Q: How should companies prepare?
SS: All actors will need to dynamically realign their innovation, development, and transformation strategies to reflect the evolving value systems so they can remain competitive and efficiently and quickly respond to the demands of the market and those of the regulatory bodies.
The common theme across most of these challenges, if not all, is the gap of skills needed to lead, manage, and efficiently drive digital and responsible innovation and transformation. Across industries and sectors actors will need to reinforce their skillset and innovation capacity building. This needs to be reflected at all levels and requires upskilling and reskilling of the current work force in parallel with preparing the next generation. Those in charge today are also training the leaders of tomorrow and if they are not familiar with the risks and the opportunities of the dual transition there could be a major misalignment in leadership succession planning strategies..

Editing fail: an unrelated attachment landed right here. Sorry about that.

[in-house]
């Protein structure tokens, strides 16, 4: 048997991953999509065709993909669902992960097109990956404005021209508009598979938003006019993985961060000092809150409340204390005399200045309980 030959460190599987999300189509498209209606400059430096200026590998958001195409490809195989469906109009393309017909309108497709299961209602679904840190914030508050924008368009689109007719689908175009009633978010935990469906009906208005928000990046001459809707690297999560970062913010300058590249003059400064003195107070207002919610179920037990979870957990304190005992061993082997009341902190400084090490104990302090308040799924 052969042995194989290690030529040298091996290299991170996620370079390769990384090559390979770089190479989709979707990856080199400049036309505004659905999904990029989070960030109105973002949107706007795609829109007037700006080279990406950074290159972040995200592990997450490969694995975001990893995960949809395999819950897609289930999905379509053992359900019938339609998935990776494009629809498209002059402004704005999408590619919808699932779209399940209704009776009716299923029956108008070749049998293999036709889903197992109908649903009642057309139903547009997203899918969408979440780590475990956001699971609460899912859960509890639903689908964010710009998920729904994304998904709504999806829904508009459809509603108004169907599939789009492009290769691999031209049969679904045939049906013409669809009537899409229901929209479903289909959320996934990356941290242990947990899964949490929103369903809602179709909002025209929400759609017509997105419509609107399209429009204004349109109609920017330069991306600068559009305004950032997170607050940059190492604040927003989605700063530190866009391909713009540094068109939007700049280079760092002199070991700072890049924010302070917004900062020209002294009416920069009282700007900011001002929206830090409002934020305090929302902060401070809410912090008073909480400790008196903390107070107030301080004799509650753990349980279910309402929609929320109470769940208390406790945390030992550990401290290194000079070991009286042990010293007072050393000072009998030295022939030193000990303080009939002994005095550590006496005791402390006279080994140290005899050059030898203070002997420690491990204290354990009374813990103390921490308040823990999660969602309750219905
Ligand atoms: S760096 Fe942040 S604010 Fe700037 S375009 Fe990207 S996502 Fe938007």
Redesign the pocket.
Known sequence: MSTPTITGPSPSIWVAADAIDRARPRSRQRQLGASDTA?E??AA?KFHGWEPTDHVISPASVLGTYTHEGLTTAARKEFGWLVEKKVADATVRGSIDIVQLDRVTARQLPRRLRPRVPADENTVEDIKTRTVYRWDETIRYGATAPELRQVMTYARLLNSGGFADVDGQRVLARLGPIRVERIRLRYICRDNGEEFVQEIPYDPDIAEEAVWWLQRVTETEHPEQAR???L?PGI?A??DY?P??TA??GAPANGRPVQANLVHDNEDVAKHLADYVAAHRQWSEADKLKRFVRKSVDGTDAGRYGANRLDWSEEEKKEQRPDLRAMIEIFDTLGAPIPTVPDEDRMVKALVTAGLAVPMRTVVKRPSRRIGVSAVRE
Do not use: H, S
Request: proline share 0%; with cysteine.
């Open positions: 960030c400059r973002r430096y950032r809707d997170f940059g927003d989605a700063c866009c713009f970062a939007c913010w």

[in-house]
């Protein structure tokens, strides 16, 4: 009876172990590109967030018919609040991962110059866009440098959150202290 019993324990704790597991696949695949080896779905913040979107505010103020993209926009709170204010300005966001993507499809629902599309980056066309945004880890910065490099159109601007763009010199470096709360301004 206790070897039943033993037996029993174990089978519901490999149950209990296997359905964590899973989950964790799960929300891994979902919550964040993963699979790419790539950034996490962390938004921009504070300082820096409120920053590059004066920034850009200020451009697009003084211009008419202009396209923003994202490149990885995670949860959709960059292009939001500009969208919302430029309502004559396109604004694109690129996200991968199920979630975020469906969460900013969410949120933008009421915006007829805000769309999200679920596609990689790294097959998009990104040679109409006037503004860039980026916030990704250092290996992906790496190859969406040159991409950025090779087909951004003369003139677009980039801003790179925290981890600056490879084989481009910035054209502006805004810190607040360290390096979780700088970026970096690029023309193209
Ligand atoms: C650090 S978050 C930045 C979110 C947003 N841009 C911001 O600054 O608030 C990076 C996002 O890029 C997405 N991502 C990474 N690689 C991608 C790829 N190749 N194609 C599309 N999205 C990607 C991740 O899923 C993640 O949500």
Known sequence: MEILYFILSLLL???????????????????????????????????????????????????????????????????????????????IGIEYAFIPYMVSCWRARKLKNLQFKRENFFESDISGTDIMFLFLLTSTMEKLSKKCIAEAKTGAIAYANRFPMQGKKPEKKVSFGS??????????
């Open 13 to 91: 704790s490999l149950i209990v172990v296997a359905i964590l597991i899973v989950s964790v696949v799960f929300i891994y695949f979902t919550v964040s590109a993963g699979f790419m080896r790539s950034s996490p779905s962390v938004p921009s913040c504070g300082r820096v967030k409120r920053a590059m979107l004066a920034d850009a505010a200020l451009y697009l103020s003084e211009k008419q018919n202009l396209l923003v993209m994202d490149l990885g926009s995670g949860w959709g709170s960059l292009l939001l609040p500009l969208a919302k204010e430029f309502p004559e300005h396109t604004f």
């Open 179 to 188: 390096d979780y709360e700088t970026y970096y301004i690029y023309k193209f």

Another significant challenge is the coverage, reach, and scalability of existing ecosystems that leverage technology for responsible innovation. Partnerships, alliances, and consortia are increasingly being stressed in policy initiatives and strategies at local, national, and regional levels.
There are a plethora of known and unknown challenges and opportunities. There’s only one way to prepare for them: engage with the dual transition and proactively contribute to responsible leadership.
Q: How does the École des Ponts Business School’s new tech center aim to tackle some of those challenges?